The has announced a grant of nearly $7 million from the to implement the second phase of the Commercial Products project (COMPRO-II).
The project seeks to institutionalize quality-assurance mechanisms and enable the rapid dissemination of top quality commercial products to increase yields and improve the food security of some two million smallholder famers in sub-Saharan Africa. Of those households, 420,000 will have tested at least one effective commercial product and at least 50 percent of those will have adopted the technology and achieved a 15 percent to 30 percent increase in yield, resulting in a substantial impact on their food security and income.
In the past decade, sub-Saharan Africa has seen economic growth amid population increases and rising deamnd for food. As a result, investments in soil fertility to boost agricultural productivity have become critical. During the second phase of the project, IITA will lead an effort to transfer technologies that were successfully established in Kenya, Ethiopia, and Nigeria during COMPRO-I into Ghana, Tanzania, and Uganda; institutionalize regulatory and quality control processes; disseminate effective products through public-private partnerships; develop communication tools; and strengthen human capacity.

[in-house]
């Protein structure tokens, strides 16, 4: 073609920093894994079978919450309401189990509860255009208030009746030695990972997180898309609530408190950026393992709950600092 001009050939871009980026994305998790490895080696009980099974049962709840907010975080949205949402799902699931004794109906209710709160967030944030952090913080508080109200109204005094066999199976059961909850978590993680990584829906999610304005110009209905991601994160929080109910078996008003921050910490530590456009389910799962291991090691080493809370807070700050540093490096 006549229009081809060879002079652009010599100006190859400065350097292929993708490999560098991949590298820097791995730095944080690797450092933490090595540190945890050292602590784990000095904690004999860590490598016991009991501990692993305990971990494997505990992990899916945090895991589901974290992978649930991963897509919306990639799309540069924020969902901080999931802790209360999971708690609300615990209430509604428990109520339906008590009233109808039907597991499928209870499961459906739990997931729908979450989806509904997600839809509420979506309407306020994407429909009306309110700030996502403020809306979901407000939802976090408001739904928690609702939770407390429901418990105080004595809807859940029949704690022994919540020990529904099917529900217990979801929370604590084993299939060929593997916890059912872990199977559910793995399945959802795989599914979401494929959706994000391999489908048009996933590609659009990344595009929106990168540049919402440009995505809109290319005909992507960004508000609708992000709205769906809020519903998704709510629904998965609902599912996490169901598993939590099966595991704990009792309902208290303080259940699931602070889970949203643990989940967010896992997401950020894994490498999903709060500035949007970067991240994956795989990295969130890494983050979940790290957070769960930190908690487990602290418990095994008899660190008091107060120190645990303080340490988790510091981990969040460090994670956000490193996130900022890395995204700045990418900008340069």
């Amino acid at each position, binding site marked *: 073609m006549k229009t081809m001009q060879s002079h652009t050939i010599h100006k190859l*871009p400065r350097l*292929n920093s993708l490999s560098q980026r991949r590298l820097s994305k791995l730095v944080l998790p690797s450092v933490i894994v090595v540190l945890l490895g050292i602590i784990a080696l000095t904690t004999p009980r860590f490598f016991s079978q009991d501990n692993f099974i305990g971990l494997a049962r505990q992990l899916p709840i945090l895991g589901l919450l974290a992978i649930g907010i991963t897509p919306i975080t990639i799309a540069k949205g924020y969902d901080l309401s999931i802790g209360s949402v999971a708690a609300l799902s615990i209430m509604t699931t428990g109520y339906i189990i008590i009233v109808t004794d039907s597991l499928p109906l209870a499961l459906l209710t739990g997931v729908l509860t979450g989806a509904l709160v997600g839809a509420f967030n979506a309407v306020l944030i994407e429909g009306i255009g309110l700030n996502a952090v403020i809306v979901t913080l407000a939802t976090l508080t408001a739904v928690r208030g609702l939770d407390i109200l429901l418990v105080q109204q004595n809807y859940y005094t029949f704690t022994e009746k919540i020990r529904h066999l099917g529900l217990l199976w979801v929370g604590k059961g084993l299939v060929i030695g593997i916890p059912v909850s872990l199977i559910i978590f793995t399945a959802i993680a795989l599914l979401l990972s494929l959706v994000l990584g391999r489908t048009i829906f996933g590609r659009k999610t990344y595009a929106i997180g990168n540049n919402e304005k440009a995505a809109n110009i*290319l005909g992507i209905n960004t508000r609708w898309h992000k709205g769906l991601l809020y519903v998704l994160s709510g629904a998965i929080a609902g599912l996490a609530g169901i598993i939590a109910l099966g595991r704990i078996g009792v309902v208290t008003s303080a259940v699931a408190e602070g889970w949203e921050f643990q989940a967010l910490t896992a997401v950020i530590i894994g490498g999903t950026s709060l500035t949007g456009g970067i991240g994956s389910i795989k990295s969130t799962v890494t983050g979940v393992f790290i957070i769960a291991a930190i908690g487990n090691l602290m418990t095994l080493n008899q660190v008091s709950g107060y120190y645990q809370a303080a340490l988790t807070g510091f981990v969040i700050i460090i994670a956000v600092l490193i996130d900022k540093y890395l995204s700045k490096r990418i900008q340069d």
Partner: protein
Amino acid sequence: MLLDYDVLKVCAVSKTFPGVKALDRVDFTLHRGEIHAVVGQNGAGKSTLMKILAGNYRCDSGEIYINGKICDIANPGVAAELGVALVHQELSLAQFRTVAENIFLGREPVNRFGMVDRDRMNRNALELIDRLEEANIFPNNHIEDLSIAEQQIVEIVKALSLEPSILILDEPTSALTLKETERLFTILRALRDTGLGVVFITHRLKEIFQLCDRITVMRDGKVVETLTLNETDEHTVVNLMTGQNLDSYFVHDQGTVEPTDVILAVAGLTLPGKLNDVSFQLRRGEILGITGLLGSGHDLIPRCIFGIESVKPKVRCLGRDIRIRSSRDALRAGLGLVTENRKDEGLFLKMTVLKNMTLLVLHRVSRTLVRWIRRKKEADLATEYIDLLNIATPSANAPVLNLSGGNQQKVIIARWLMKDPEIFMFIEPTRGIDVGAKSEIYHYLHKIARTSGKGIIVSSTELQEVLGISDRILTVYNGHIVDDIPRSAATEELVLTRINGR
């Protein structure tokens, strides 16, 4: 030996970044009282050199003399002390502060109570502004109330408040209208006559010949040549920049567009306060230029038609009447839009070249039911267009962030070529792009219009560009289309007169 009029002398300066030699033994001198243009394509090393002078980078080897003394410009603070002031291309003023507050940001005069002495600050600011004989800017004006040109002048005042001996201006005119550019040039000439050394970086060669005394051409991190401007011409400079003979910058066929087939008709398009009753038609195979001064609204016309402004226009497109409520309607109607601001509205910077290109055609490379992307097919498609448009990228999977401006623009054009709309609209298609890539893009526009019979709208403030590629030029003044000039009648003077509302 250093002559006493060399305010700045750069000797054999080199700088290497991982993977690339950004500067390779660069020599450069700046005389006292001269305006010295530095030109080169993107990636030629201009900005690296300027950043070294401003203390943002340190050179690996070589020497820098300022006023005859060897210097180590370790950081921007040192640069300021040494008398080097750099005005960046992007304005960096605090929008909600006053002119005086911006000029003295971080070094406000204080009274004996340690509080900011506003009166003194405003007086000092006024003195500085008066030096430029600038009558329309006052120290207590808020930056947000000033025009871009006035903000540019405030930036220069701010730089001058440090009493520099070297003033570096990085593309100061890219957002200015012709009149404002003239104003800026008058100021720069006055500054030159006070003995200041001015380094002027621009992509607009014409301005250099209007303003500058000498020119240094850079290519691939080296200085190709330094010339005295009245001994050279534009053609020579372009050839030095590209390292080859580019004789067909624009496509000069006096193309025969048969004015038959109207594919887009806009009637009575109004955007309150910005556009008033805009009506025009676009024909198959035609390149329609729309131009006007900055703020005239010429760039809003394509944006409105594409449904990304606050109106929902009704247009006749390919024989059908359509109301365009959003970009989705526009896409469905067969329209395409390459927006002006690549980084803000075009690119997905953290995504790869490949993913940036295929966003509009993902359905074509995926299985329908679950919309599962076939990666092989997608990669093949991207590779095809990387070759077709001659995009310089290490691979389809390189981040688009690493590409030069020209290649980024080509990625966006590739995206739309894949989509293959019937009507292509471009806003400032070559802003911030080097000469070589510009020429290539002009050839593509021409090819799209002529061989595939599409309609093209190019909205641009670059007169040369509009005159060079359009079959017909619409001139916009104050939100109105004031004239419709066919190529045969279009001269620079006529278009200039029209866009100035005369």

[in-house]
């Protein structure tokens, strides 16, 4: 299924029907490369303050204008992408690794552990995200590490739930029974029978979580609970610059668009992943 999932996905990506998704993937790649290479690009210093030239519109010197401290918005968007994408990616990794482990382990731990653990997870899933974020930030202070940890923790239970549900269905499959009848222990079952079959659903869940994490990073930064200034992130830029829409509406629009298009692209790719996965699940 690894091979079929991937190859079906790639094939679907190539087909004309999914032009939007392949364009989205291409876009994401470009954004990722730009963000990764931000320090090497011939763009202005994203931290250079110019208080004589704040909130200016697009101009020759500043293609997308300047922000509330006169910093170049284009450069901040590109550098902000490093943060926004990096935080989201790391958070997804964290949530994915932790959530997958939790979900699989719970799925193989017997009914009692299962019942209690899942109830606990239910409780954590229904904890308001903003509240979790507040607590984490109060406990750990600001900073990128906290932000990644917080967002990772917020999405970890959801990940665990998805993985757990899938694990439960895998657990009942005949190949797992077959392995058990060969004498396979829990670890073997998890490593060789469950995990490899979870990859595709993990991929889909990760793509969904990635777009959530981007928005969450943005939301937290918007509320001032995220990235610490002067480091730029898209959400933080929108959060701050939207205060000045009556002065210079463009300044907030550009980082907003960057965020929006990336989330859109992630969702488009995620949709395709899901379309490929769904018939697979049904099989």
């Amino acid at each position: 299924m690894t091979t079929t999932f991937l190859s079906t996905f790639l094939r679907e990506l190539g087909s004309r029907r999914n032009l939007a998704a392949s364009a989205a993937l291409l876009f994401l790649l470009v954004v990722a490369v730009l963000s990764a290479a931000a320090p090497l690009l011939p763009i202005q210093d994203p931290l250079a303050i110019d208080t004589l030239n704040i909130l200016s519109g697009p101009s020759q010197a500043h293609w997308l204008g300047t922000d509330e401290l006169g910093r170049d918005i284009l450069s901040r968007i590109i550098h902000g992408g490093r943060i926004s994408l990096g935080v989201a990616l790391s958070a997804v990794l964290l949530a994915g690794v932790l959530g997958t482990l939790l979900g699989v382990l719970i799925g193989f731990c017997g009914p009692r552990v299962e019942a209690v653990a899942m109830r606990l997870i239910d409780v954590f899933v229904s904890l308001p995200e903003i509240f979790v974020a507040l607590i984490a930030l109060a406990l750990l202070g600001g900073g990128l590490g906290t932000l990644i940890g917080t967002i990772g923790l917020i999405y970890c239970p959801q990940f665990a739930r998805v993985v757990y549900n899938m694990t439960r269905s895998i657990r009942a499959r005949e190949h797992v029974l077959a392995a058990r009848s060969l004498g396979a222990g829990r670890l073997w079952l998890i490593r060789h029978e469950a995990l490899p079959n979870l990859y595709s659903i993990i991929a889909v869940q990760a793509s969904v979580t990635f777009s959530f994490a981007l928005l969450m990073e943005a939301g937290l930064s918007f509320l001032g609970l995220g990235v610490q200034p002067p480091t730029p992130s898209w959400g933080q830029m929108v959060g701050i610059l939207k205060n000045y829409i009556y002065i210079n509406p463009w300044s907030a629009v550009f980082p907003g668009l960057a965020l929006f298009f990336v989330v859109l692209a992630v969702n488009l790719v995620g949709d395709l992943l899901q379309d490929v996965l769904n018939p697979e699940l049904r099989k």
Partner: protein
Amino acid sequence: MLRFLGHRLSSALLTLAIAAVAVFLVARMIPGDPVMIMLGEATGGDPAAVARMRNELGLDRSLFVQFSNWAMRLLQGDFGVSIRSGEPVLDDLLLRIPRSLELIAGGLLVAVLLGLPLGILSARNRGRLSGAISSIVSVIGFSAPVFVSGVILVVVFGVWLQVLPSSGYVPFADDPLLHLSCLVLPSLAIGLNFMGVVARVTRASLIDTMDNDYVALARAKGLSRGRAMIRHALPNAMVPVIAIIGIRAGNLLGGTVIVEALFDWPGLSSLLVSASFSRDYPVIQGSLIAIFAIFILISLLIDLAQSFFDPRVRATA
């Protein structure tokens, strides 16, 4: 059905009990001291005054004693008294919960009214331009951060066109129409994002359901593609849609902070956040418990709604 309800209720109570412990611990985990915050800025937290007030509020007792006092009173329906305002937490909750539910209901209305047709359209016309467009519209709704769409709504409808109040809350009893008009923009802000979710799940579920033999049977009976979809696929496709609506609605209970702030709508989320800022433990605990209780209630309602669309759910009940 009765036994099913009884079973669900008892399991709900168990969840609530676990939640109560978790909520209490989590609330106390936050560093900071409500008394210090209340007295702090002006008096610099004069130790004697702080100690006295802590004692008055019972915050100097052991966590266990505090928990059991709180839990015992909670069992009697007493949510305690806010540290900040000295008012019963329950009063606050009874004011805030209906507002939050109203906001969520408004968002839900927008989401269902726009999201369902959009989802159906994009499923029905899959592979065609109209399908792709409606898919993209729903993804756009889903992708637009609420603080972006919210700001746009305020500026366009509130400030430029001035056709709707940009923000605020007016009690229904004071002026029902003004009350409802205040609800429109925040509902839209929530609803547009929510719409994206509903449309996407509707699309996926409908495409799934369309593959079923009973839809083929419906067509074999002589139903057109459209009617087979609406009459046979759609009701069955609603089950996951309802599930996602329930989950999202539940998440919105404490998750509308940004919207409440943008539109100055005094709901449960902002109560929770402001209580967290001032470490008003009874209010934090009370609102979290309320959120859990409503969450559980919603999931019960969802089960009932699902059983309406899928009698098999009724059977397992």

To that end, IITA will partner with the , the , , the of the International Centre for Tropical Agriculture, and the , as well as universities, national research organizations, extension organizations, and quality-control entities in the various target countries.
"The key expected outcome of the project is the institutionalization of screening and approval of commercial products," said Prem Warrior, senior program officer with the Gates Foundation.